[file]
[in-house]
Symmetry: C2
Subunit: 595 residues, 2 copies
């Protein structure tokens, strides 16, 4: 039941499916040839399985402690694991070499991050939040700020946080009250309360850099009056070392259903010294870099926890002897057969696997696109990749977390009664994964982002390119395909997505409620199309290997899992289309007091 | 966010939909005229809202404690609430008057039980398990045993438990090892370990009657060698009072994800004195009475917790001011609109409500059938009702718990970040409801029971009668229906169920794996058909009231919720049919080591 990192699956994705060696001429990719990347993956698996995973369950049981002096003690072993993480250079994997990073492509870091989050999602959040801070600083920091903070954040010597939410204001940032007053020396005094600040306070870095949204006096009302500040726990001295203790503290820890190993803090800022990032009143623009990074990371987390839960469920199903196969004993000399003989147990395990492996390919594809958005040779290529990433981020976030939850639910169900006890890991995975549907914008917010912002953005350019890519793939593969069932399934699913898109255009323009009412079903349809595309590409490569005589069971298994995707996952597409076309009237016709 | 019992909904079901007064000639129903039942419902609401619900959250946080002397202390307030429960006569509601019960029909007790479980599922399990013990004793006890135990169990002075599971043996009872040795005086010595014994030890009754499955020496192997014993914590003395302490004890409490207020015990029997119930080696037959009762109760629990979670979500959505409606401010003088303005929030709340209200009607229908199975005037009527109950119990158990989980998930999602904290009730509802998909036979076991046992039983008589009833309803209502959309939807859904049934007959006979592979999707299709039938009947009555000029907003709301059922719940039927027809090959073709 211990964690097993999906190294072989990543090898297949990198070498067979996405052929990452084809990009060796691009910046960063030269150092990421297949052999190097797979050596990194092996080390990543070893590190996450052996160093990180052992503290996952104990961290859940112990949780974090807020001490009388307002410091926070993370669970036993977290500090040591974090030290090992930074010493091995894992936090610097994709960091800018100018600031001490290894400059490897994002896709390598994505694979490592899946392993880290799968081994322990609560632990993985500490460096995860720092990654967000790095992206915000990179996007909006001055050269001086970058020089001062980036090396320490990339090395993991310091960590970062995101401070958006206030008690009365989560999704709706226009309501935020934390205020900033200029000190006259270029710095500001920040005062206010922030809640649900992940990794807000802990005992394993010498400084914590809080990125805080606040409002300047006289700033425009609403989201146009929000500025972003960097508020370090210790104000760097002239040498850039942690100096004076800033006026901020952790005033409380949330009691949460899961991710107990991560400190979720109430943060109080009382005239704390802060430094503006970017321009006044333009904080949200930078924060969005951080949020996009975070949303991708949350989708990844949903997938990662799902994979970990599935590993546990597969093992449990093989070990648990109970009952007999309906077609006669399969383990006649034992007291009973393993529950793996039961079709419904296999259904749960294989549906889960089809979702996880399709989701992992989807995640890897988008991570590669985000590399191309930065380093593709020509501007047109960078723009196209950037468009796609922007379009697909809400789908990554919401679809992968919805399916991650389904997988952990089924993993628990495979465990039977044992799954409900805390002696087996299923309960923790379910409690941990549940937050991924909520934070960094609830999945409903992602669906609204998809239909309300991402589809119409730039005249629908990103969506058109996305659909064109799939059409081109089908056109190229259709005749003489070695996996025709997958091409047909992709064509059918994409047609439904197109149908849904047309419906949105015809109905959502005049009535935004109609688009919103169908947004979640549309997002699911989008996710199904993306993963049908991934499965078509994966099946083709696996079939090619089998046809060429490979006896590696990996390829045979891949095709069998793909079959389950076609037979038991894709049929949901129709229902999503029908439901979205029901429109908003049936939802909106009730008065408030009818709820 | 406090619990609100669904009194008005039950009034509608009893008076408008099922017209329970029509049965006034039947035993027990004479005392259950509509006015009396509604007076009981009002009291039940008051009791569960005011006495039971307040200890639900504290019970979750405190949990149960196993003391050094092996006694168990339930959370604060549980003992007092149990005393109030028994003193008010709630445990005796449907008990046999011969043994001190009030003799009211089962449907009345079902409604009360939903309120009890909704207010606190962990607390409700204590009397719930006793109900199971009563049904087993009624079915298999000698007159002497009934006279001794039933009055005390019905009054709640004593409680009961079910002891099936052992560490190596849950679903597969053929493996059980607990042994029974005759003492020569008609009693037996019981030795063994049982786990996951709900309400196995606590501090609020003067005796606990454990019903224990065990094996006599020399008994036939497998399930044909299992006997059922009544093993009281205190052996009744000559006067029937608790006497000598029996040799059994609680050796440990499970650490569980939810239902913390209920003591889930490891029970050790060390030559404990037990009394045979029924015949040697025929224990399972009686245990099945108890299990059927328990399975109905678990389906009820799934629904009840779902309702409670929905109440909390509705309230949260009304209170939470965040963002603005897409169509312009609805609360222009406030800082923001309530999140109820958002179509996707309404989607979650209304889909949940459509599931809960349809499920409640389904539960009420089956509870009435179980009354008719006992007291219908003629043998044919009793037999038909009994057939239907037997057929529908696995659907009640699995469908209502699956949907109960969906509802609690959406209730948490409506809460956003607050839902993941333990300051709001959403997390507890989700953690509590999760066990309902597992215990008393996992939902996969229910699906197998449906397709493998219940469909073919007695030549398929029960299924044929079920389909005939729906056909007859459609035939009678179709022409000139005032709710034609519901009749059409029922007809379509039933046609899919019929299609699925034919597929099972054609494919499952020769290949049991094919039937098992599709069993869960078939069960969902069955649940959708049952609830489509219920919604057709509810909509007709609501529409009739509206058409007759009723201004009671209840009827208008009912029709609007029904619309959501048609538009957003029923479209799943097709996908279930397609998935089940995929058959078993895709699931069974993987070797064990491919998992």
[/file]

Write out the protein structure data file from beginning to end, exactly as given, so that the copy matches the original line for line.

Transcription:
[in-house]
Symmetry: C2
Subunit: 595 residues, 2 copies
């Protein structure tokens, strides 16, 4: 039941499916040839399985402690694991070499991050939040700020946080009250309360850099009056070392259903010294870099926890002897057969696997696109990749977390009664994964982002390119395909997505409620199309290997899992289309007091 | 966010939909005229809202404690609430008057039980398990045993438990090892370990009657060698009072994800004195009475917790001011609109409500059938009702718990970040409801029971009668229906169920794996058909009231919720049919080591 990192699956994705060696001429990719990347993956698996995973369950049981002096003690072993993480250079994997990073492509870091989050999602959040801070600083920091903070954040010597939410204001940032007053020396005094600040306070870095949204006096009302500040726990001295203790503290820890190993803090800022990032009143623009990074990371987390839960469920199903196969004993000399003989147990395990492996390919594809958005040779290529990433981020976030939850639910169900006890890991995975549907914008917010912002953005350019890519793939593969069932399934699913898109255009323009009412079903349809595309590409490569005589069971298994995707996952597409076309009237016709 | 019992909904079901007064000639129903039942419902609401619900959250946080002397202390307030429960006569509601019960029909007790479980599922399990013990004793006890135990169990002075599971043996009872040795005086010595014994030890009754499955020496192997014993914590003395302490004890409490207020015990029997119930080696037959009762109760629990979670979500959505409606401010003088303005929030709340209200009607229908199975005037009527109950119990158990989980998930999602904290009730509802998909036979076991046992039983008589009833309803209502959309939807859904049934007959006979592979999707299709039938009947009555000029907003709301059922719940039927027809090959073709 211990964690097993999906190294072989990543090898297949990198070498067979996405052929990452084809990009060796691009910046960063030269150092990421297949052999190097797979050596990194092996080390990543070893590190996450052996160093990180052992503290996952104990961290859940112990949780974090807020001490009388307002410091926070993370669970036993977290500090040591974090030290090992930074010493091995894992936090610097994709960091800018100018600031001490290894400059490897994002896709390598994505694979490592899946392993880290799968081994322990609560632990993985500490460096995860720092990654967000790095992206915000990179996007909006001055050269001086970058020089001062980036090396320490990339090395993991310091960590970062995101401070958006206030008690009365989560999704709706226009309501935020934390205020900033200029000190006259270029710095500001920040005062206010922030809640649900992940990794807000802990005992394993010498400084914590809080990125805080606040409002300047006289700033425009609403989201146009929000500025972003960097508020370090210790104000760097002239040498850039942690100096004076800033006026901020952790005033409380949330009691949460899961991710107990991560400190979720109430943060109080009382005239704390802060430094503006970017321009006044333009904080949200930078924060969005951080949020996009975070949303991708949350989708990844949903997938990662799902994979970990599935590993546990597969093992449990093989070990648990109970009952007999309906077609006669399969383990006649034992007291009973393993529950793996039961079709419904296999259904749960294989549906889960089809979702996880399709989701992992989807995640890897988008991570590669985000590399191309930065380093593709020509501007047109960078723009196209950037468009796609922007379009697909809400789908990554919401679809992968919805399916991650389904997988952990089924993993628990495979465990039977044992799954409900805390002696087996299923309960923790379910409690941990549940937050991924909520934070960094609830999945409903992602669906609204998809239909309300991402589809119409730039005249629908990103969506058109996305659909064109799939059409081109089908056109190229259709005749003489070695996996025709997958091409047909992709064509059918994409047609439904197109149908849904047309419906949105015809109905959502005049009535935004109609688009919103169908947004979640549309997002699911989008996710199904993306993963049908991934499965078509994966099946083709696996079939090619089998046809060429490979006896590696990996390829045979891949095709069998793909079959389950076609037979038991894709049929949901129709229902999503029908439901979205029901429109908003049936939802909106009730008065408030009818709820 | 406090619990609100669904009194008005039950009034509608009893008076408008099922017209329970029509049965006034039947035993027990004479005392259950509509006015009396509604007076009981009002009291039940008051009791569960005011006495039971307040200890639900504290019970979750405190949990149960196993003391050094092996006694168990339930959370604060549980003992007092149990005393109030028994003193008010709630445990005796449907008990046999011969043994001190009030003799009211089962449907009345079902409604009360939903309120009890909704207010606190962990607390409700204590009397719930006793109900199971009563049904087993009624079915298999000698007159002497009934006279001794039933009055005390019905009054709640004593409680009961079910002891099936052992560490190596849950679903597969053929493996059980607990042994029974005759003492020569008609009693037996019981030795063994049982786990996951709900309400196995606590501090609020003067005796606990454990019903224990065990094996006599020399008994036939497998399930044909299992006997059922009544093993009281205190052996009744000559006067029937608790006497000598029996040799059994609680050796440990499970650490569980939810239902913390209920003591889930490891029970050790060390030559404990037990009394045979029924015949040697025929224990399972009686245990099945108890299990059927328990399975109905678990389906009820799934629904009840779902309702409670929905109440909390509705309230949260009304209170939470965040963002603005897409169509312009609805609360222009406030800082923001309530999140109820958002179509996707309404989607979650209304889909949940459509599931809960349809499920409640389904539960009420089956509870009435179980009354008719006992007291219908003629043998044919009793037999038909009994057939239907037997057929529908696995659907009640699995469908209502699956949907109960969906509802609690959406209730948490409506809460956003607050839902993941333990300051709001959403997390507890989700953690509590999760066990309902597992215990008393996992939902996969229910699906197998449906397709493998219940469909073919007695030549398929029960299924044929079920389909005939729906056909007859459609035939009678179709022409000139005032709710034609519901009749059409029922007809379509039933046609899919019929299609699925034919597929099972054609494919499952020769290949049991094919039937098992599709069993869960078939069960969902069955649940959708049952609830489509219920919604057709509810909509007709609501529409009739509206058409007759009723201004009671209840009827208008009912029709609007029904619309959501048609538009957003029923479209799943097709996908279930397609998935089940995929058959078993895709699931069974993987070797064990491919998992």